Thyroid Cancer



Thyroid Cancer


Todd M. Blodgett, MD

Alex Ryan, MD

Marios Papachristou, MD









Coronal PET (A), axial CT (B) and fused PET/CT (C) show a subtle recurrent thyroid carcinoma image in a patient with rising thyroglobulin levels and a negative iodine study.






Axial CT (top) and fused PET/CT (bottom) show focal thyroid cancer recurrence in the thyroidectomy bed image.


TERMINOLOGY


Abbreviations and Synonyms



  • Well-differentiated thyroid cancer (WDTC)


  • Medullary thyroid carcinoma (MTC)


  • Anaplastic thyroid carcinoma


Definitions



  • WDTC: Carcinoma of the thyroid arising from papillary &/or follicular cell origin


  • MTC: Uncommon malignant neuroendocrine neoplasm arising from thyroid parafollicular “C cells”


  • Anaplastic: Aggressive form of mostly undifferentiated cells


IMAGING FINDINGS


General Features



  • Best diagnostic clue



    • WDTC



      • Non-physiologic, focal, asymmetric uptake of FDG


      • However, many WDTC may not be FDG avid when iodine avid


    • MTC



      • Solid, low attenuating, discrete thyroid masses with punctate calcification and nodal mets


    • Anaplastic



      • Diffuse, intense FDG activity correlating with an infiltrative thyroid mass


  • Location



    • WDTC



      • Primary and recurrent disease arise mostly in the parenchyma and bed of the thyroid gland


      • Metastatic disease travels to cervical/mediastinal lymph nodes and then to bone, lungs, and mediastinum


      • Papillary: Lymphatic invasion and spread to multifocal nodal regions


      • Follicular: Hematogenous spread to lung and bone


    • MTC



      • Intraglandular


      • Often multifocal and bilateral (2/3 sporadic, almost 100% familial)


      • Lymph nodes: Level VI and superior mediastinal; also retropharyngeal and levels III & IV


    • Anaplastic



      • May involve the entire thyroid gland



      • Early metastatic disease


  • Size



    • WDTC



      • Often diffuse microscopic disease


      • Lymph node and pulmonary metastases may be below limits of detection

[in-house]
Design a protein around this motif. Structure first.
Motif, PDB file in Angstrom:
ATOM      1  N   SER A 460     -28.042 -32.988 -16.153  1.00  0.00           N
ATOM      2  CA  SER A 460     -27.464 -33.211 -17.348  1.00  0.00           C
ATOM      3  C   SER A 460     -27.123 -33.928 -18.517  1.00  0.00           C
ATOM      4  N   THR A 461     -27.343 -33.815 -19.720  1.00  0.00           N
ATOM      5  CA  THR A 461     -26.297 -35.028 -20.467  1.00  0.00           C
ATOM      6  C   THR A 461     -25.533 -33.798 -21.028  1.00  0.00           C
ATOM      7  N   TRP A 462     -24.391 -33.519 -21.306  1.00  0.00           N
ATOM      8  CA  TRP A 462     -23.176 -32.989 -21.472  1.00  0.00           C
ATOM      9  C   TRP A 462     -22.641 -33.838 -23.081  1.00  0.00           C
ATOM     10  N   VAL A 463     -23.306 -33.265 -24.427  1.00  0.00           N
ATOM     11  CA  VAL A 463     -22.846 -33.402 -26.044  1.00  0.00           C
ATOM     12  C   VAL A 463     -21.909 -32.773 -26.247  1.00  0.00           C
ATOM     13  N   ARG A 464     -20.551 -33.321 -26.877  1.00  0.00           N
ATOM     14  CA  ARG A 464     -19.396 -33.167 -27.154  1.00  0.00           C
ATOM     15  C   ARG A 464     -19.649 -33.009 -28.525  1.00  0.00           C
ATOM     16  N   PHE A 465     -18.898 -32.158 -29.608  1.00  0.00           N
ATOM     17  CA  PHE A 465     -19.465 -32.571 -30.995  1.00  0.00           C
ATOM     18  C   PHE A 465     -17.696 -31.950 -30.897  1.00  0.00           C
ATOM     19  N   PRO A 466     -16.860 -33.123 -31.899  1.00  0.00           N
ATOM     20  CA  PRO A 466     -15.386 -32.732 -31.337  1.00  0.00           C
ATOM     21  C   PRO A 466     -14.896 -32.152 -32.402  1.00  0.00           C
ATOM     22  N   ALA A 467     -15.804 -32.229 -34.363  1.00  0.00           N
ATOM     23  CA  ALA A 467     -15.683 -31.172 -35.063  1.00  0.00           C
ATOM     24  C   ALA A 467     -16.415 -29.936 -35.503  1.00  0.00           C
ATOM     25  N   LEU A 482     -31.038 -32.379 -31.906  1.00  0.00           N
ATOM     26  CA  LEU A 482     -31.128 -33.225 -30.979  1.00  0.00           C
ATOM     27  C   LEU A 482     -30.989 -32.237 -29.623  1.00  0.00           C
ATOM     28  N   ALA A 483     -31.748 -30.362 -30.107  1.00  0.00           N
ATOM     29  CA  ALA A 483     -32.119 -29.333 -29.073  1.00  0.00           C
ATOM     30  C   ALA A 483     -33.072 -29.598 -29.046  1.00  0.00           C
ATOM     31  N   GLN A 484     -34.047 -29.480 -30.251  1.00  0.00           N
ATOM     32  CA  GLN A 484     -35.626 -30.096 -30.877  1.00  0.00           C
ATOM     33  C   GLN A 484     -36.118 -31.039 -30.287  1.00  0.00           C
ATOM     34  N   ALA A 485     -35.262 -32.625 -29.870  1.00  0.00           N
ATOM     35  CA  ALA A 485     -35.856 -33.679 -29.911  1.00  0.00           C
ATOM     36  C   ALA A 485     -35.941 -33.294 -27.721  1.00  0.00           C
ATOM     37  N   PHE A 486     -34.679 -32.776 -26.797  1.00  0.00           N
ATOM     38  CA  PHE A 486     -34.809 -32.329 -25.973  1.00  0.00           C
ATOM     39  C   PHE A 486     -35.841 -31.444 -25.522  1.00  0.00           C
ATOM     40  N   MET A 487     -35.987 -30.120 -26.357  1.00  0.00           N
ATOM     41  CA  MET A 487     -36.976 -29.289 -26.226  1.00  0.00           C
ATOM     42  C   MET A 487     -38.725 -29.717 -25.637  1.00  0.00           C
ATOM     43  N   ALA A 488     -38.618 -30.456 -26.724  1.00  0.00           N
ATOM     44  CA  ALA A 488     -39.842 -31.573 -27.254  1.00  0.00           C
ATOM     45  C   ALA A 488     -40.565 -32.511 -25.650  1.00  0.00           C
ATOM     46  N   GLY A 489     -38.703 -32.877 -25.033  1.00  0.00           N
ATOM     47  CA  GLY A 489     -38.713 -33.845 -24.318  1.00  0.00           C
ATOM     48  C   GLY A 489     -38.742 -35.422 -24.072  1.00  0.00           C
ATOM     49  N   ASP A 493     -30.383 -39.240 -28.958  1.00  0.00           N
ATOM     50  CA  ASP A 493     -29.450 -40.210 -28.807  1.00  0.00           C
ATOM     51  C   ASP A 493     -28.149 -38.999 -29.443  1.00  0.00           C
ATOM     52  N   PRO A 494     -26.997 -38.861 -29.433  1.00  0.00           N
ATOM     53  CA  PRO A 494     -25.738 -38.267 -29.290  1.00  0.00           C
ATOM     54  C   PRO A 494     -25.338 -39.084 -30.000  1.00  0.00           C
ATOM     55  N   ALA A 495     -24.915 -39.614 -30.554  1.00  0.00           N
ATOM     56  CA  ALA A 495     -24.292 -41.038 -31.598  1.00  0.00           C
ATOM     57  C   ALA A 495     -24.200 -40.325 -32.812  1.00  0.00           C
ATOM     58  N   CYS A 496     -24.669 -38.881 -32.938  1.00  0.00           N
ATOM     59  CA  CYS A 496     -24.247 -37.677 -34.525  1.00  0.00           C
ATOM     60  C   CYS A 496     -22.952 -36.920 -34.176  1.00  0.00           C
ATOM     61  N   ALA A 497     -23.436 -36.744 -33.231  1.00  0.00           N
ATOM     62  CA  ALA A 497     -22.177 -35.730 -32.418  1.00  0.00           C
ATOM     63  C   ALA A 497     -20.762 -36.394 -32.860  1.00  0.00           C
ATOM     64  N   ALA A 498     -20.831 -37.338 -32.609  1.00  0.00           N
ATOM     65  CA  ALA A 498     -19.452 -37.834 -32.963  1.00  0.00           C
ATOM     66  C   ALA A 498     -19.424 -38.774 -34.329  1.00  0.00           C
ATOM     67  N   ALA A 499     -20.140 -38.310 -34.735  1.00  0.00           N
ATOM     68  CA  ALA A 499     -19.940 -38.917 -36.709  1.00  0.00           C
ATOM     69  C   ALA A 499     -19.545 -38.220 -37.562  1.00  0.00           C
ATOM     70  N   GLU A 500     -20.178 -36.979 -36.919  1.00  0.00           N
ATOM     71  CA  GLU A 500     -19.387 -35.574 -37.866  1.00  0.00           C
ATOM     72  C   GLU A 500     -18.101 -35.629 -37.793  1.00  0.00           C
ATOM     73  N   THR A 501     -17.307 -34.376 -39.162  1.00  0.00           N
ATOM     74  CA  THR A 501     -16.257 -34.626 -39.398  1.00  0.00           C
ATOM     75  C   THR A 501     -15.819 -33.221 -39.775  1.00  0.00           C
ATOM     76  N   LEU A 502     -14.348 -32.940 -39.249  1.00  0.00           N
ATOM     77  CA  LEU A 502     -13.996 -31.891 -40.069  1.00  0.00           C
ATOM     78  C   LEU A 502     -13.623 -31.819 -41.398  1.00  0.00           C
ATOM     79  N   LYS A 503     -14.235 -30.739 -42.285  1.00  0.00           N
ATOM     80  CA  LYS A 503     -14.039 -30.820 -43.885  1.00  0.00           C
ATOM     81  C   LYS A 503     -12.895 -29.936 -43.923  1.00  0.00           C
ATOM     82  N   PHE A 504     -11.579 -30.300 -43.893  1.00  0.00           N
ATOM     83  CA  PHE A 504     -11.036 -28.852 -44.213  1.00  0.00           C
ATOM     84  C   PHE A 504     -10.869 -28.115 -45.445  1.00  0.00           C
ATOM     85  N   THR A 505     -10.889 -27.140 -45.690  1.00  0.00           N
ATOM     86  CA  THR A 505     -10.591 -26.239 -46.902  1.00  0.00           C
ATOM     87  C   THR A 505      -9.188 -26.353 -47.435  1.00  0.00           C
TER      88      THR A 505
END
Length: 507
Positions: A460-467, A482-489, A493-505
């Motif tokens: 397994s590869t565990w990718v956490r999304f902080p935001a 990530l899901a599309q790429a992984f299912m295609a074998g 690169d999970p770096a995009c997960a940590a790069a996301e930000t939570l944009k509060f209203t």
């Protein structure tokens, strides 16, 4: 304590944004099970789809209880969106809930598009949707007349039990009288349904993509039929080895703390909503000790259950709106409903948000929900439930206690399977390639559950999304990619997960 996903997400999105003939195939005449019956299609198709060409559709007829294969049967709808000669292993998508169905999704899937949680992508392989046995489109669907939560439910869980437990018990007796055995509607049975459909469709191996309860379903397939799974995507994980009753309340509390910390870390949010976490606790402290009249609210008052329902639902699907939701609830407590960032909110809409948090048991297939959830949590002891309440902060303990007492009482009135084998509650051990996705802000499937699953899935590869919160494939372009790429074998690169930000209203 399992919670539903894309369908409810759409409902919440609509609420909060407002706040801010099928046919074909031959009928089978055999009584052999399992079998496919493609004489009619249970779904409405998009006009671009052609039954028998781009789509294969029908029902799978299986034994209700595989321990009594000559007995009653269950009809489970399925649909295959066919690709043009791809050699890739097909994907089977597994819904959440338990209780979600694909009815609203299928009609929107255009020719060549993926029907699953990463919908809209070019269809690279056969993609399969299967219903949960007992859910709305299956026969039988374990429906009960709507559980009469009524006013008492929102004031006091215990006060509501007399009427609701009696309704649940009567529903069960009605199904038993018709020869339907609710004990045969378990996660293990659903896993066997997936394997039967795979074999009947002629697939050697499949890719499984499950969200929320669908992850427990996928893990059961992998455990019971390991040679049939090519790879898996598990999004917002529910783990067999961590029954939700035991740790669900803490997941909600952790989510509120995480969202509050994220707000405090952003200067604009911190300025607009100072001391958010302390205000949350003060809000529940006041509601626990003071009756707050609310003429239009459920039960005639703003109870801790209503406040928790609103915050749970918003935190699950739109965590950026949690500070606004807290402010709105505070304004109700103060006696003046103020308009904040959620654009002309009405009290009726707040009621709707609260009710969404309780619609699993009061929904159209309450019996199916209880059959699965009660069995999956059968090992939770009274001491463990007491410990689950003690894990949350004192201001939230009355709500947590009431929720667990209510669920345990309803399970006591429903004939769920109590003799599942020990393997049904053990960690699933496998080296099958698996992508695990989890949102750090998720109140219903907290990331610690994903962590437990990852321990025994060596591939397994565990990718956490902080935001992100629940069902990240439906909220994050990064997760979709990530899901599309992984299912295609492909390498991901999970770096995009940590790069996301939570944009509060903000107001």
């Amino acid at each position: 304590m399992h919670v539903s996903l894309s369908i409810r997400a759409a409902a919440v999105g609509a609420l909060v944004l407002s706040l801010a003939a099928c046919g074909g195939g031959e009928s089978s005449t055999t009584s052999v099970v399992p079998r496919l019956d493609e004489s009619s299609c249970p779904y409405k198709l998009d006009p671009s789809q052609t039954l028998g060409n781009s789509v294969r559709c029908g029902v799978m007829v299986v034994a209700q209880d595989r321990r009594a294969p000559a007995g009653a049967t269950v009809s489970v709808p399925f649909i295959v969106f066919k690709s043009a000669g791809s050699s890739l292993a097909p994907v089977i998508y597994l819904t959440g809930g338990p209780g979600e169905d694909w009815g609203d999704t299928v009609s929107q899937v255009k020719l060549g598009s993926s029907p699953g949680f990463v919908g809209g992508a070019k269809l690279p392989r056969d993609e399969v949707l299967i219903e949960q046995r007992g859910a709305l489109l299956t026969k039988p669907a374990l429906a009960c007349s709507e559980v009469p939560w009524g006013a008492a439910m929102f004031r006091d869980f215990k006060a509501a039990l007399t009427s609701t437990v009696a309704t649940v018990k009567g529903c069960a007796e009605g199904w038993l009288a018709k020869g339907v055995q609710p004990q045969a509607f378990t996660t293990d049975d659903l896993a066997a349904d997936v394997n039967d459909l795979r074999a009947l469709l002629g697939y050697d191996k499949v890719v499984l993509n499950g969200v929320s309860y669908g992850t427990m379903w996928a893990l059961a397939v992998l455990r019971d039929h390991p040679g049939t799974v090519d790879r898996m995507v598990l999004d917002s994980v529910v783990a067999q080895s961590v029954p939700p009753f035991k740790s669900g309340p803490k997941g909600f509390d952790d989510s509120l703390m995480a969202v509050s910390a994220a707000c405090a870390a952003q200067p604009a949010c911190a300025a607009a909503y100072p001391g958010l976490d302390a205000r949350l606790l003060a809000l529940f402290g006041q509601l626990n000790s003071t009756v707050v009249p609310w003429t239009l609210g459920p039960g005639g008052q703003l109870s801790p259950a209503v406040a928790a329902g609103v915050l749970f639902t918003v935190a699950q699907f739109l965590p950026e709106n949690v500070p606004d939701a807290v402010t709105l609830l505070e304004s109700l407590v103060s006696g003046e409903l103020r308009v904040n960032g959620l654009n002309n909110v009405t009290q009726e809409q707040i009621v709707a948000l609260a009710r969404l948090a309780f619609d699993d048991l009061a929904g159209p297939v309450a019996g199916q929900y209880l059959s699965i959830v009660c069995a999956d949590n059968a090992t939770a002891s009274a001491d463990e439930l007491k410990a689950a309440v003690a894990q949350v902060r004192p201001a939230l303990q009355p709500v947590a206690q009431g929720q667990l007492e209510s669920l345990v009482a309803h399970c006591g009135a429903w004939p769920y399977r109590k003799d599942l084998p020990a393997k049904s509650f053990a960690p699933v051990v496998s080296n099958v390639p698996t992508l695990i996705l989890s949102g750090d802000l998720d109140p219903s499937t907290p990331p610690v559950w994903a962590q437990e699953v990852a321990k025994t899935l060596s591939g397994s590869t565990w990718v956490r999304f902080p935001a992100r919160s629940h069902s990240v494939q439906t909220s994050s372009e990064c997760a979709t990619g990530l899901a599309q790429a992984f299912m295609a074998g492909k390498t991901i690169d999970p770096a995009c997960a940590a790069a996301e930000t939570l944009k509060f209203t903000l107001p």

• Metastases to bone, in contrast, may grow very large


    • MTC



      • Up to 2.5 cm


    • Anaplastic



      • Bulky


  • Morphology



    • WDTC



      • Typical lymph node findings of roundedness and calcification may be absent


      • Differentiate from typical thymus morphology (variable by age)


      • Skeletal metastases typically lytic


    • MTC



      • Solid, nonencapsulated mass


      • Calcification in larger tumors


      • May be infiltrative in familial forms


Imaging Recommendations



  • Best imaging tool



    • Ultrasound for initial evaluation of all thyroid masses with fine needle aspiration


    • WDTC



      • For iodine-avid disease: Diagnosis, staging, and follow-up best performed with I-123 or I-131 whole body scan


      • For non-iodine-avid tumor, FDG PET/CT is superior


    • MTC



      • Consider FDG PET/CT for staging and restaging


      • Current insurance coverage restrictions for MTC


    • Anaplastic



      • Most are intensely FDG avid, but there are current insurance coverage limitations


  • Protocol advice



    • General



      • Iodine scan: Withdrawal or thyrogen-stimulated


      • Mediastinal lymph nodes near heart may be blurred due to motion, leading to false negatives


    • FDG PET



      • Thyroid-stimulating hormone (TSH) elevation/administration improves performance


      • Considerations for IV contrast for PET/CT; need to know if patient will be treated with radioactive iodine


      • Increased thyrocyte metabolism, glucose transport, hexokinase I levels, and overall glycolysis contribute to specific FDG uptake


      • Hormone withdrawal and administration of recombinant TSH (rhTSH = thyrogen)


      • Thyrogen dosage schedule not established, but Medicare pays for two injections


      • Recommended dosing: 0.9 g IM on day 1 and day 2, and FDG PET on day 3, 4, or 5


    • Correlative tests



      • Thyroglobulin measurement also best with elevated TSH


      • Serum thyroglobulin (Tg)


      • Correlate with radioiodine scan


      • Insensitive in presence of anti-Tg antibodies


      • Elevated levels post-therapy indicate residual thyroid tissue (> 2.0 ng/mL)


CT Findings



  • WDTC



    • Normal thyroid findings include



      • Cystic changes (hypodense)


      • Calcifications (hyperdense)


      • Well-defined borders


    • Primary tumor



      • Typically highly variable morphology


      • May mimic normal gland


      • Low attenuation nodule within gland


      • May have dystrophic calcifications


    • Signs of more aggressive tumor



      • Large size


      • Diffuse infiltration


      • Ill-defined, heterogeneous morphology



      • Extension to surrounding tissues


    • Lymph node appearance also highly variable



      • Large to small (may appear as benign reactive nodes)


      • Solid to heterogeneous/hemorrhagic to cystic


      • Variable calcification


      • Isolated retropharyngeal nodal metastasis may occur


  • MTC



    • Solid, low density, well-circumscribed mass in thyroid


    • Multifocality more common in familial types


    • Calcification in tumor and involved lymph nodes may be fine and punctate


    • Bone metastases typically lytic


  • Anaplastic



    • Large infiltrative mass


Nuclear Medicine Findings



  • WDTC



    • No current indication for pre-operative PET or PET/CT staging of WDTC


    • Consider in patients with anaplastic thyroid carcinoma for staging, although not covered by Medicare